|An eight-year-old boy and former child soldier sits in the dormitory of UNICEF’s demobilization and community reintegration centre in the town of Goma, North Kivu Province, DR Congo.|
By Kun Li
KPANDROMA, Ituri District, DR Congo, 30 March 2005 - At a UNICEF-supported demobilization and community reintegration centre in Kpandroma, Congolese children, some as young as eight, are putting on a play to re-enact the ordeal they endured as pawns of armed groups.
“I had to follow the commander to the front lines to carry bullets. When we got there, I saw the commander shooting people,” said 14-year-old former child soldier Etienne (not his real name).
The 11 boys in the play have only recently arrived at the centre. Since September 2004, more than 2,300 children – including 454 girls – have been received at the UNICEF-supported reintegration centres. The centres offer medical and psychosocial care for the children, who were simply kidnapped from their homes by armed militia. Many were forced to fight and kill, while others endured sexual violence during captivity.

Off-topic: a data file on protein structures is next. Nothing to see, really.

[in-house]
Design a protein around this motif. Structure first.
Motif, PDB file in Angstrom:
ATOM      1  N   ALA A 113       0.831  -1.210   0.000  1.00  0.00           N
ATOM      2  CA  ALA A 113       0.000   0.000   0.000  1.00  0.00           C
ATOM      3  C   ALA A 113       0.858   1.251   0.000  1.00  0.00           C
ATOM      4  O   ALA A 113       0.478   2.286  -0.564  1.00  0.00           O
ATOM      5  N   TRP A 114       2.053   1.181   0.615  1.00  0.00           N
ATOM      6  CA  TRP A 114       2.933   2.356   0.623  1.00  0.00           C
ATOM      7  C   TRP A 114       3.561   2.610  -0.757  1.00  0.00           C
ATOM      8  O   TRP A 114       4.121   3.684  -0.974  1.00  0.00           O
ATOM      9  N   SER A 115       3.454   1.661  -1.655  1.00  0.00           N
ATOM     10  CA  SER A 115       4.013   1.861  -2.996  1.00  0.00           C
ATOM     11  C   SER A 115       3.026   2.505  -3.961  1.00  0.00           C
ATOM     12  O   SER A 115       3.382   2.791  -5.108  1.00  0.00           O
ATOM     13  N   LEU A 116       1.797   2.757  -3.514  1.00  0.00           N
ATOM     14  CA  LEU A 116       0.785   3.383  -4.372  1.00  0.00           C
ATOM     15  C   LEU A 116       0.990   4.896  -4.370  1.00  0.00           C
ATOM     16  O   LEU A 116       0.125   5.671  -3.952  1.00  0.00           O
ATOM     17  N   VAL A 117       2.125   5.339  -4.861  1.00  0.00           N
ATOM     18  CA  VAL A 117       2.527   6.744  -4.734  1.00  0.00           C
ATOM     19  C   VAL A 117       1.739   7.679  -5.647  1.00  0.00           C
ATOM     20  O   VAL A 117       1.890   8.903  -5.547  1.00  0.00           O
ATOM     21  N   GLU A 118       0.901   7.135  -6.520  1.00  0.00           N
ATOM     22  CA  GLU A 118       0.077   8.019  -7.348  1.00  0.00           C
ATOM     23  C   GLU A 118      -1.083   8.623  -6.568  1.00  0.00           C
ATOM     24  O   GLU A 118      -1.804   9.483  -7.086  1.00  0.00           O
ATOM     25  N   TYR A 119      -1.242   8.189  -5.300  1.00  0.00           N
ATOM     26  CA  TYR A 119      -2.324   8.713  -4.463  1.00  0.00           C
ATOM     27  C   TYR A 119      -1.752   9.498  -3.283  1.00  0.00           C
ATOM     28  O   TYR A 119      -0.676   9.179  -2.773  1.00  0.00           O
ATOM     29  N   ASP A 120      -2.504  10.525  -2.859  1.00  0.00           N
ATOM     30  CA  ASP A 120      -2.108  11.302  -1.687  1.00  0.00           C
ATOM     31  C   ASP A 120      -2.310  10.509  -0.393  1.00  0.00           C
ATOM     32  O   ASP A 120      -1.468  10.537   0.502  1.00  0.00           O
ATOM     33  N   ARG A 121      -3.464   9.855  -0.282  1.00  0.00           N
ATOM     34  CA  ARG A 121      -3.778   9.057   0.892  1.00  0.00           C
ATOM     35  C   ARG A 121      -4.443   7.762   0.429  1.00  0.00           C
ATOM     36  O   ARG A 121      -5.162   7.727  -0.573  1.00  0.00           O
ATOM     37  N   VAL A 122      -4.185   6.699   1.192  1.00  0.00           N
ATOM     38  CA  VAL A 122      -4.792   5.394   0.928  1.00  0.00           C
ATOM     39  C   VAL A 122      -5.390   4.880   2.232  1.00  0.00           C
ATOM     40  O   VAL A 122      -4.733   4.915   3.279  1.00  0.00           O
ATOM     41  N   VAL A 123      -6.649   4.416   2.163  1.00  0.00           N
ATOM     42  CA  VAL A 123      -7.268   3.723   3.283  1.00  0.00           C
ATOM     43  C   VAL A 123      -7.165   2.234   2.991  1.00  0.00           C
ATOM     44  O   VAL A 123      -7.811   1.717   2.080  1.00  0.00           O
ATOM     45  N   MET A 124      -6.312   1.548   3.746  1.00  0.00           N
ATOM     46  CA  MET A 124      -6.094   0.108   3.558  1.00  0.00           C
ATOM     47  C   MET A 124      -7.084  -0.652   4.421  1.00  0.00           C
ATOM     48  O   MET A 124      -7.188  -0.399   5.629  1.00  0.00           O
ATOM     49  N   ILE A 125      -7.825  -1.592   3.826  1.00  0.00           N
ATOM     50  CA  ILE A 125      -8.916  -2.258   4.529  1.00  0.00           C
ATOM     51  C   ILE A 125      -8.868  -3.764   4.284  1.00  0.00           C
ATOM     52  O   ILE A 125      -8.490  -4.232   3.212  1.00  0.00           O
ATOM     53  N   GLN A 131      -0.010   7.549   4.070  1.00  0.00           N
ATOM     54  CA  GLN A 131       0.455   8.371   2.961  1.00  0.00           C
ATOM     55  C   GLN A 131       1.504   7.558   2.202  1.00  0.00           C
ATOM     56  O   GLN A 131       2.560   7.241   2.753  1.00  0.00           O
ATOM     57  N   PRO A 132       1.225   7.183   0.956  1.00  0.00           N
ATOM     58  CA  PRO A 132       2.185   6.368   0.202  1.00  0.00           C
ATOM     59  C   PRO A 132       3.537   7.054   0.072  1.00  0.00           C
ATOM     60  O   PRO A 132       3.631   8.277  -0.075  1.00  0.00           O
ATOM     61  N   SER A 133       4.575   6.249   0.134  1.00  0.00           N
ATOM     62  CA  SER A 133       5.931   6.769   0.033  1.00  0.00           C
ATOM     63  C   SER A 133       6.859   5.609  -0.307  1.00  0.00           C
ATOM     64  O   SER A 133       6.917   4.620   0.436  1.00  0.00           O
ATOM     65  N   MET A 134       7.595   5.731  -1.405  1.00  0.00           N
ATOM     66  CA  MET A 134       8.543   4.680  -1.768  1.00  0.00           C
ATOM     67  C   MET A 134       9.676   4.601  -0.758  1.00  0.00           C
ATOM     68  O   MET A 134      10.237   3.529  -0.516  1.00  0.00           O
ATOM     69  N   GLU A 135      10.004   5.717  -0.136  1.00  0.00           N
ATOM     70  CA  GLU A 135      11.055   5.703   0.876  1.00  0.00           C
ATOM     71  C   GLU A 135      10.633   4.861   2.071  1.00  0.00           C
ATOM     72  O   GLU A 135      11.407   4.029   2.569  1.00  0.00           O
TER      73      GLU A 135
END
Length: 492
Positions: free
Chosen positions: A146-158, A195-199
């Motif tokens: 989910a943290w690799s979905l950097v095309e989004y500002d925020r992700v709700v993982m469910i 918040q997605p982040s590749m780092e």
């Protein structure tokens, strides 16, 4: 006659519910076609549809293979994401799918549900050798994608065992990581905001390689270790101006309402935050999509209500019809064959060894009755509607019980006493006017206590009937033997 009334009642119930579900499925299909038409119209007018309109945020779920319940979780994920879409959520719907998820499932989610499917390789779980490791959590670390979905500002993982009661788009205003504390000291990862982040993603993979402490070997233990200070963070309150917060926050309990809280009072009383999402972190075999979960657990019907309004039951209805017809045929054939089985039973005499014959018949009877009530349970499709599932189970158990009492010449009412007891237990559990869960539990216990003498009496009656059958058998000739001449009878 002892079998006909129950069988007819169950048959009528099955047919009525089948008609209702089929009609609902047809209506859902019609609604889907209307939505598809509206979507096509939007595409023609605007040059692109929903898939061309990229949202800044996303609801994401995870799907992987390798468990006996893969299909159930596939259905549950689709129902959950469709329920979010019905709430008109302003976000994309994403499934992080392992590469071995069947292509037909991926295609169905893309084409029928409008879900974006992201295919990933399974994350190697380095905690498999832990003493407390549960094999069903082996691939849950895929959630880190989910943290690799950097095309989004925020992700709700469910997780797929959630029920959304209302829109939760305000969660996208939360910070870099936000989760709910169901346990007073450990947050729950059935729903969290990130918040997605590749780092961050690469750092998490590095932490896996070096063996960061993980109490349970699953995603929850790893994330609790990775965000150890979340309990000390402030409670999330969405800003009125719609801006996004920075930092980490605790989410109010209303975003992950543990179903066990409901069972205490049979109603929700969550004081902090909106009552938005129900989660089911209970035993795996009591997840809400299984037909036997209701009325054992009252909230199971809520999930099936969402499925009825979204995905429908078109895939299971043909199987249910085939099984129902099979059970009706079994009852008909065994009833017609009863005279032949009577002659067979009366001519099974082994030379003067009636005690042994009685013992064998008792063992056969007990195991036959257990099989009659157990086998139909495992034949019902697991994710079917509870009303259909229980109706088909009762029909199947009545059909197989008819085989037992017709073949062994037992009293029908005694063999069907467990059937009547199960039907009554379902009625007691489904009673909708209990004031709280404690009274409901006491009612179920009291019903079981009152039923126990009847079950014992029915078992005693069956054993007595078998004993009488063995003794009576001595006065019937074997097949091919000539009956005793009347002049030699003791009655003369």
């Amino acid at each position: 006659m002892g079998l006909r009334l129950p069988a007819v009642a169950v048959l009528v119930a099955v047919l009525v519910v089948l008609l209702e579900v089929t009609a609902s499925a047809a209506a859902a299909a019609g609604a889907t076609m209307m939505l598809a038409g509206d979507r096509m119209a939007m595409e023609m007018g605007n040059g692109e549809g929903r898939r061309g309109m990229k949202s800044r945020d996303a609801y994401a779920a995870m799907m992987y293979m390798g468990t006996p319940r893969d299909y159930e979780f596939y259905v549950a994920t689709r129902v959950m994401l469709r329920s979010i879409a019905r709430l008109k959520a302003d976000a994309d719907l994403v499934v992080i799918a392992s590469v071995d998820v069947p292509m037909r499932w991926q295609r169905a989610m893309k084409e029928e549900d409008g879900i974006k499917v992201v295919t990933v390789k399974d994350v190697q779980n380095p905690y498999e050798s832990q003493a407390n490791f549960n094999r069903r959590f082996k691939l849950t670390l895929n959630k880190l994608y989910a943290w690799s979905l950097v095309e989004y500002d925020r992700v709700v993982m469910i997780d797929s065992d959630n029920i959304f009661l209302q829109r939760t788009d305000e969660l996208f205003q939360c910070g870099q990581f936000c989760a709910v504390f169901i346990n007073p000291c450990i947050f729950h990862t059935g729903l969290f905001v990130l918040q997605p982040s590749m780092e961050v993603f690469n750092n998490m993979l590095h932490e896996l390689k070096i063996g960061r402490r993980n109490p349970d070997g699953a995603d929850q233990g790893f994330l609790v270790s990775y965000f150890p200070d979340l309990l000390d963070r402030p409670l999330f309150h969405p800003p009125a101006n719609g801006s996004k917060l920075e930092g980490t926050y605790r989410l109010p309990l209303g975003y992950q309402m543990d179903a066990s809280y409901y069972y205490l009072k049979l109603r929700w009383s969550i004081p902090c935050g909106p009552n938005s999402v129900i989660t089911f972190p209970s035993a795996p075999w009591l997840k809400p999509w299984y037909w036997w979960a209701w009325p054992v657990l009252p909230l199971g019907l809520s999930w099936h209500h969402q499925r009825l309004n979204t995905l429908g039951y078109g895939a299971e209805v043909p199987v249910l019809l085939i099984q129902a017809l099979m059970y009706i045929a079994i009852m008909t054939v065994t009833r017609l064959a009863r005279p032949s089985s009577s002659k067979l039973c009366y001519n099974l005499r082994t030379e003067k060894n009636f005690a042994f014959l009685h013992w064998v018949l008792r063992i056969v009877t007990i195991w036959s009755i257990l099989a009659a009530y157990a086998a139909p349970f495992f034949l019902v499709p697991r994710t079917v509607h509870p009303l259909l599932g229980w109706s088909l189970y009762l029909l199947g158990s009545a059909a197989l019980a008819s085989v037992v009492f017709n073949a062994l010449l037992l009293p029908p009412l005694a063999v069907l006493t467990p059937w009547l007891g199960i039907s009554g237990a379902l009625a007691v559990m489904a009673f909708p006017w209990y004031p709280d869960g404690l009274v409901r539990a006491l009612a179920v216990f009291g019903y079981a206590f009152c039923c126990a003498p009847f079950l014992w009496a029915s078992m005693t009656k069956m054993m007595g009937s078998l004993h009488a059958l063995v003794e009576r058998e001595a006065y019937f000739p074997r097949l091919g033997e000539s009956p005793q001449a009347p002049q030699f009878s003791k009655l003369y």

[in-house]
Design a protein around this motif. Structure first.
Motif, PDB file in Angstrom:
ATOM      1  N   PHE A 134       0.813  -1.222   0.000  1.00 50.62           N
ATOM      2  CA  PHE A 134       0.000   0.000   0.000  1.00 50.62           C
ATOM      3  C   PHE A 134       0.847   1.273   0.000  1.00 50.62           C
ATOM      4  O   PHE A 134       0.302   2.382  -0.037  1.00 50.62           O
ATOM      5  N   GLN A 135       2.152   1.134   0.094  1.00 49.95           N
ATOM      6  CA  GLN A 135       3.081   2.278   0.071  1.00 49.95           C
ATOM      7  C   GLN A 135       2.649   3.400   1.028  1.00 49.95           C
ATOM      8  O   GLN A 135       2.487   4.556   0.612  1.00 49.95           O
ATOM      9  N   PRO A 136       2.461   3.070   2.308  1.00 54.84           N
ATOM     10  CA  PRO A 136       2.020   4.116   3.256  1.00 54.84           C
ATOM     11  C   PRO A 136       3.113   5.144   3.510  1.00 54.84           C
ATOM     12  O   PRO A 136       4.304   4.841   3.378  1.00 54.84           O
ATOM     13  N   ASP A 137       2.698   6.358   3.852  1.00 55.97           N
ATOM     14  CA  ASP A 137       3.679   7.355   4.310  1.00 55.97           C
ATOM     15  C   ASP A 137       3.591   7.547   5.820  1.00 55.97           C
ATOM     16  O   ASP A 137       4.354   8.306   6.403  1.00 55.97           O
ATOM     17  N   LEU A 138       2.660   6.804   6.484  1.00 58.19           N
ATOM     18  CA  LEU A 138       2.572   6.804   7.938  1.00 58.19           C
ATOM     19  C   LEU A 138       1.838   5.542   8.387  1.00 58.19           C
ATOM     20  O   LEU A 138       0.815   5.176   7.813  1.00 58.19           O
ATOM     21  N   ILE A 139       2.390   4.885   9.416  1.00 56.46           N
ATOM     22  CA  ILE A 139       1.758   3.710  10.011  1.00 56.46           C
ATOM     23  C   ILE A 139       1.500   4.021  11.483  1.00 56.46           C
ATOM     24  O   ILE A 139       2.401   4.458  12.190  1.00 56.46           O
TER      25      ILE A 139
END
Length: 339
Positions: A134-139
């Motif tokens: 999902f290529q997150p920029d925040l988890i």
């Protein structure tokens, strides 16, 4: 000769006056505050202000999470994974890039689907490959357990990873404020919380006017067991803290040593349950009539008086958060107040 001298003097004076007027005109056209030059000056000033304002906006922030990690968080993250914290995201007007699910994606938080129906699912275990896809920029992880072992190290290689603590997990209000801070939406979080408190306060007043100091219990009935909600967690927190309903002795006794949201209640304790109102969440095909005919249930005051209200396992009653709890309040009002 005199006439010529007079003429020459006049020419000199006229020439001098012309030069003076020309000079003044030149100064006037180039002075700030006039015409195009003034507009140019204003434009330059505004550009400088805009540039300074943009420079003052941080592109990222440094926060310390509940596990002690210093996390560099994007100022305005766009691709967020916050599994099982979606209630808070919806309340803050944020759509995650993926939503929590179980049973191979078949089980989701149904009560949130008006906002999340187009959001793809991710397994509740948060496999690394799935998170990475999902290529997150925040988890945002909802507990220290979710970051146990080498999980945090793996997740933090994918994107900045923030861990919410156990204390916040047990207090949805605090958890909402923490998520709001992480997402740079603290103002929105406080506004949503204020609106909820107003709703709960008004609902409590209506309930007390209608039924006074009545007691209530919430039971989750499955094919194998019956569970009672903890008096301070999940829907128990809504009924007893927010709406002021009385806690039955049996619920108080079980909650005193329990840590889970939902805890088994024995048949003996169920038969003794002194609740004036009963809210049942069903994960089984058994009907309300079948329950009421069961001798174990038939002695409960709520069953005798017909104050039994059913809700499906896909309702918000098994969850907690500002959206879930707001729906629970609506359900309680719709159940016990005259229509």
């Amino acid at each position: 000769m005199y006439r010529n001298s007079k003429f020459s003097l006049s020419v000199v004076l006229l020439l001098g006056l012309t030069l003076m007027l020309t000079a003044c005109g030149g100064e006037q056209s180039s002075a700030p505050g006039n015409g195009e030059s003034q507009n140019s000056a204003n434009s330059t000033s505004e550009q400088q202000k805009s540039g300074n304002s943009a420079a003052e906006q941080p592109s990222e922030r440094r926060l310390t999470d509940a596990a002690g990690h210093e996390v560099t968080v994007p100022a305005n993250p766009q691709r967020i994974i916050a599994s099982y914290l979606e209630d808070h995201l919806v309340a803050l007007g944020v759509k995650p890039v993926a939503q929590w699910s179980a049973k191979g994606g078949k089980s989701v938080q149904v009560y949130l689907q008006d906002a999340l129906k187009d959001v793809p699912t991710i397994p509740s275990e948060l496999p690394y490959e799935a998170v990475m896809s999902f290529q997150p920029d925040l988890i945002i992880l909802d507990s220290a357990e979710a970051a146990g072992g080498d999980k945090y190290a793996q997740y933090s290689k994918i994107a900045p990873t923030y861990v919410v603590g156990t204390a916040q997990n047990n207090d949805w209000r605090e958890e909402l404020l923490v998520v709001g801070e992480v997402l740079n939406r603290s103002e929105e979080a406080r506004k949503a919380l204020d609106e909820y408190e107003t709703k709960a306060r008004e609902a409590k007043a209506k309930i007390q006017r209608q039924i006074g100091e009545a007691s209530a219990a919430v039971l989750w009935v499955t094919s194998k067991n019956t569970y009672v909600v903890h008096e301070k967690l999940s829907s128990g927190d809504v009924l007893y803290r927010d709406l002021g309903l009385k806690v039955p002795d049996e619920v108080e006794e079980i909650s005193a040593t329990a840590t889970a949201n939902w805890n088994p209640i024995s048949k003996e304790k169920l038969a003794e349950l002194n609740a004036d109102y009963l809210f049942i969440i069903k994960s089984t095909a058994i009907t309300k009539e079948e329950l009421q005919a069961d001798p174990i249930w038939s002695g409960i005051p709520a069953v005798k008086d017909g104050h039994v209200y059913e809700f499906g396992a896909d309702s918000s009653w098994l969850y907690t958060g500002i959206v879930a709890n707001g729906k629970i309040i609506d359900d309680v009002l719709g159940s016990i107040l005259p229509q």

Especially difficult for abducted girls
In the Ituri district alone, 4,000 children are believed to still be in the hands of the militia. Abducted girls are often forced to act as wives for army commanders. Many become pregnant with their abductors' children. For them, it is especially hard to return to their normal lives.
“The life of the military is not good,” said Marie (not her real name), now living in the Kpandroma reintegration centre.
“The girls are really traumatized,” said UNICEF’s Sylvain Nzaba. “You can see they have a bad feeling towards boys and men.”
One of the worst humanitarian crises in the world, the 7-year civil war in the Democratic Republic of Congo (DR Congo) has killed more than 3 million people since 1998, leaving 3 million children without education. An estimated 30,000 children are associated with armed groups.
In the last few months, more than 800 children have been demobilized at this centre, receiving much needed care and support to help them reclaim their lost childhood.
30 March 2005:
UNICEF’s Sarah Crowe reports from a demobilization and community reintegration centre in Kpandroma, DR Congo, where former child soldiers receive medical and psychosocial care.